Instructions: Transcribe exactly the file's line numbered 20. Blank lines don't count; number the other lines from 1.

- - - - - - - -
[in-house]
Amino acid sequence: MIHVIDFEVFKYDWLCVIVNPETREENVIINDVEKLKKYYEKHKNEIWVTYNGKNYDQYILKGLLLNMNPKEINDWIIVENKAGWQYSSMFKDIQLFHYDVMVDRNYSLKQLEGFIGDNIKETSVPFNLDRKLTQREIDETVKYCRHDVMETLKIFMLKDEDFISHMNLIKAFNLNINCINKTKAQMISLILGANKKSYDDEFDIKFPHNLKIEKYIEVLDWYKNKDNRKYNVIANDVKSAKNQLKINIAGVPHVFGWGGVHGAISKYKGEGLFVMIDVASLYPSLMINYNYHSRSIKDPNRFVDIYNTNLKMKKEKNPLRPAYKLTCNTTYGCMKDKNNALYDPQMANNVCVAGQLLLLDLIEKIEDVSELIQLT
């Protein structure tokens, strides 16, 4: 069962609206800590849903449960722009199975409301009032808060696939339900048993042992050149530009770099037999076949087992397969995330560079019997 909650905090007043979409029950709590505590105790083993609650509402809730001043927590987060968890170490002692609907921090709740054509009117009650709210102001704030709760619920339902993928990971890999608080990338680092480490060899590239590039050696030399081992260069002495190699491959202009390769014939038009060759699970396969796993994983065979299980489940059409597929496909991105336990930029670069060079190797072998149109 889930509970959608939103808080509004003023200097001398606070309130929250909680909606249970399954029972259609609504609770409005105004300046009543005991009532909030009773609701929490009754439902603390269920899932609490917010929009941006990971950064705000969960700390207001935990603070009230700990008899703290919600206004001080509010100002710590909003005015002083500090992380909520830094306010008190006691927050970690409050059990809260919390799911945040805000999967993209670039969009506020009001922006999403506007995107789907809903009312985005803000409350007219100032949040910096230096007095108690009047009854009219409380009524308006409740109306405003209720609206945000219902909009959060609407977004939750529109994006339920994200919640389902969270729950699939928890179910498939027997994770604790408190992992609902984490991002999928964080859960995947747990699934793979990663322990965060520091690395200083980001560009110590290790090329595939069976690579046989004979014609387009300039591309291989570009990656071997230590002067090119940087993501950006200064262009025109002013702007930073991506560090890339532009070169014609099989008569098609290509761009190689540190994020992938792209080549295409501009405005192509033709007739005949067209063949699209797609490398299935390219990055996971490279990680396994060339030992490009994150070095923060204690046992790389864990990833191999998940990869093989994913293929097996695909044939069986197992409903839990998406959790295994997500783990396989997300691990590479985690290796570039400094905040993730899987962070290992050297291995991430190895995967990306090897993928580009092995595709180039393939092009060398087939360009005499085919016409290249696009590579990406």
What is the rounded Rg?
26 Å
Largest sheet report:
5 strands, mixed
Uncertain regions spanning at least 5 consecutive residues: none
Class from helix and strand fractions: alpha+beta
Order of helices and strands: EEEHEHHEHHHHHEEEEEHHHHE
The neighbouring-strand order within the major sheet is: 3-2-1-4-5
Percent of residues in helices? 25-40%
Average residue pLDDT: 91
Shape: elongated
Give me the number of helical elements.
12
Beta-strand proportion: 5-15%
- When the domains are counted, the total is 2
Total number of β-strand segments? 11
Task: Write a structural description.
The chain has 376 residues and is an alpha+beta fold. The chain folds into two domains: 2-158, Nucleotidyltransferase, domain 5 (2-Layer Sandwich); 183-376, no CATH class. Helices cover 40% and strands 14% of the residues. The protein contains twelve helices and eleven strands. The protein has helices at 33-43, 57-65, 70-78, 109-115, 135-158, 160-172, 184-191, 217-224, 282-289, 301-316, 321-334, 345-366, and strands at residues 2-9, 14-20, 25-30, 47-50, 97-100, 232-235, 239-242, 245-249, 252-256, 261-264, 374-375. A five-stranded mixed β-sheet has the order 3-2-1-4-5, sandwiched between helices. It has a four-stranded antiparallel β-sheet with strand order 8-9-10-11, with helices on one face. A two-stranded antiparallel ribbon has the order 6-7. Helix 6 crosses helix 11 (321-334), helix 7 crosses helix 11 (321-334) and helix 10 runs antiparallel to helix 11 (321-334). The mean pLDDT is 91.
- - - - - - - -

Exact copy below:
Task: Write a structural description.